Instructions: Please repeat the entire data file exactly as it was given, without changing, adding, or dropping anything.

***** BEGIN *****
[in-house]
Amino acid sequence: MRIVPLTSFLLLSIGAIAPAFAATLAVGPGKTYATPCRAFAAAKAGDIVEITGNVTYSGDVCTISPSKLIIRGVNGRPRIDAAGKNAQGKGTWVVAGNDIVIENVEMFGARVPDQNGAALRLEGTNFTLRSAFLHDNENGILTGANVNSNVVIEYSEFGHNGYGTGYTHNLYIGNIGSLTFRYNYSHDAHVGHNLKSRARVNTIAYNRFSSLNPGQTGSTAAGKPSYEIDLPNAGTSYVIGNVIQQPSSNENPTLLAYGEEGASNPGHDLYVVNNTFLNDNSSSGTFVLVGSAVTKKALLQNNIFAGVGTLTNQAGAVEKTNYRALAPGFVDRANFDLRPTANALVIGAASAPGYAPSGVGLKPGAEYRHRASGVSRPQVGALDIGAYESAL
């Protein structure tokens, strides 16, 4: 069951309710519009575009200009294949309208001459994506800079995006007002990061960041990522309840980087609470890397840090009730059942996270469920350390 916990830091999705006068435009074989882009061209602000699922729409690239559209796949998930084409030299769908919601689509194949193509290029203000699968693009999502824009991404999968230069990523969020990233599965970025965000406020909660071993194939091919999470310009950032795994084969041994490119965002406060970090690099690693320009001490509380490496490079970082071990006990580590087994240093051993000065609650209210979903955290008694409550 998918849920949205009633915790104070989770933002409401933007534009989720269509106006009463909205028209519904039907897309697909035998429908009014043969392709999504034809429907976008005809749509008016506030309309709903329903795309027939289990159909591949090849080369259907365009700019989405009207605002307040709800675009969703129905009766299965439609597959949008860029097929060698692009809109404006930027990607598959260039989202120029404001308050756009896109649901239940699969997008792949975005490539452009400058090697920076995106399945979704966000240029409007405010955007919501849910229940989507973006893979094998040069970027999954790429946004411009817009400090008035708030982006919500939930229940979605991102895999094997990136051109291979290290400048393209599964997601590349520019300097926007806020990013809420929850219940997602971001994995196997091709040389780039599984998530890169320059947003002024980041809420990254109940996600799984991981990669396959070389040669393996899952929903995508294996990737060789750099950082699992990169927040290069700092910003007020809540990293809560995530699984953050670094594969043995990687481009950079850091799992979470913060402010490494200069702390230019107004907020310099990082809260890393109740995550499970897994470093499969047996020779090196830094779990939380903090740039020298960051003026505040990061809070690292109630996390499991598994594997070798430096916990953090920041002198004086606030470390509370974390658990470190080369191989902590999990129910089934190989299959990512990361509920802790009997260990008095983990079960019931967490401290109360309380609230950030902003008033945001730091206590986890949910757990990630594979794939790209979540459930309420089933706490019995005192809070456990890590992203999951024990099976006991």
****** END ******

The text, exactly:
[in-house]
Amino acid sequence: MRIVPLTSFLLLSIGAIAPAFAATLAVGPGKTYATPCRAFAAAKAGDIVEITGNVTYSGDVCTISPSKLIIRGVNGRPRIDAAGKNAQGKGTWVVAGNDIVIENVEMFGARVPDQNGAALRLEGTNFTLRSAFLHDNENGILTGANVNSNVVIEYSEFGHNGYGTGYTHNLYIGNIGSLTFRYNYSHDAHVGHNLKSRARVNTIAYNRFSSLNPGQTGSTAAGKPSYEIDLPNAGTSYVIGNVIQQPSSNENPTLLAYGEEGASNPGHDLYVVNNTFLNDNSSSGTFVLVGSAVTKKALLQNNIFAGVGTLTNQAGAVEKTNYRALAPGFVDRANFDLRPTANALVIGAASAPGYAPSGVGLKPGAEYRHRASGVSRPQVGALDIGAYESAL
């Protein structure tokens, strides 16, 4: 069951309710519009575009200009294949309208001459994506800079995006007002990061960041990522309840980087609470890397840090009730059942996270469920350390 916990830091999705006068435009074989882009061209602000699922729409690239559209796949998930084409030299769908919601689509194949193509290029203000699968693009999502824009991404999968230069990523969020990233599965970025965000406020909660071993194939091919999470310009950032795994084969041994490119965002406060970090690099690693320009001490509380490496490079970082071990006990580590087994240093051993000065609650209210979903955290008694409550 998918849920949205009633915790104070989770933002409401933007534009989720269509106006009463909205028209519904039907897309697909035998429908009014043969392709999504034809429907976008005809749509008016506030309309709903329903795309027939289990159909591949090849080369259907365009700019989405009207605002307040709800675009969703129905009766299965439609597959949008860029097929060698692009809109404006930027990607598959260039989202120029404001308050756009896109649901239940699969997008792949975005490539452009400058090697920076995106399945979704966000240029409007405010955007919501849910229940989507973006893979094998040069970027999954790429946004411009817009400090008035708030982006919500939930229940979605991102895999094997990136051109291979290290400048393209599964997601590349520019300097926007806020990013809420929850219940997602971001994995196997091709040389780039599984998530890169320059947003002024980041809420990254109940996600799984991981990669396959070389040669393996899952929903995508294996990737060789750099950082699992990169927040290069700092910003007020809540990293809560995530699984953050670094594969043995990687481009950079850091799992979470913060402010490494200069702390230019107004907020310099990082809260890393109740995550499970897994470093499969047996020779090196830094779990939380903090740039020298960051003026505040990061809070690292109630996390499991598994594997070798430096916990953090920041002198004086606030470390509370974390658990470190080369191989902590999990129910089934190989299959990512990361509920802790009997260990008095983990079960019931967490401290109360309380609230950030902003008033945001730091206590986890949910757990990630594979794939790209979540459930309420089933706490019995005192809070456990890590992203999951024990099976006991």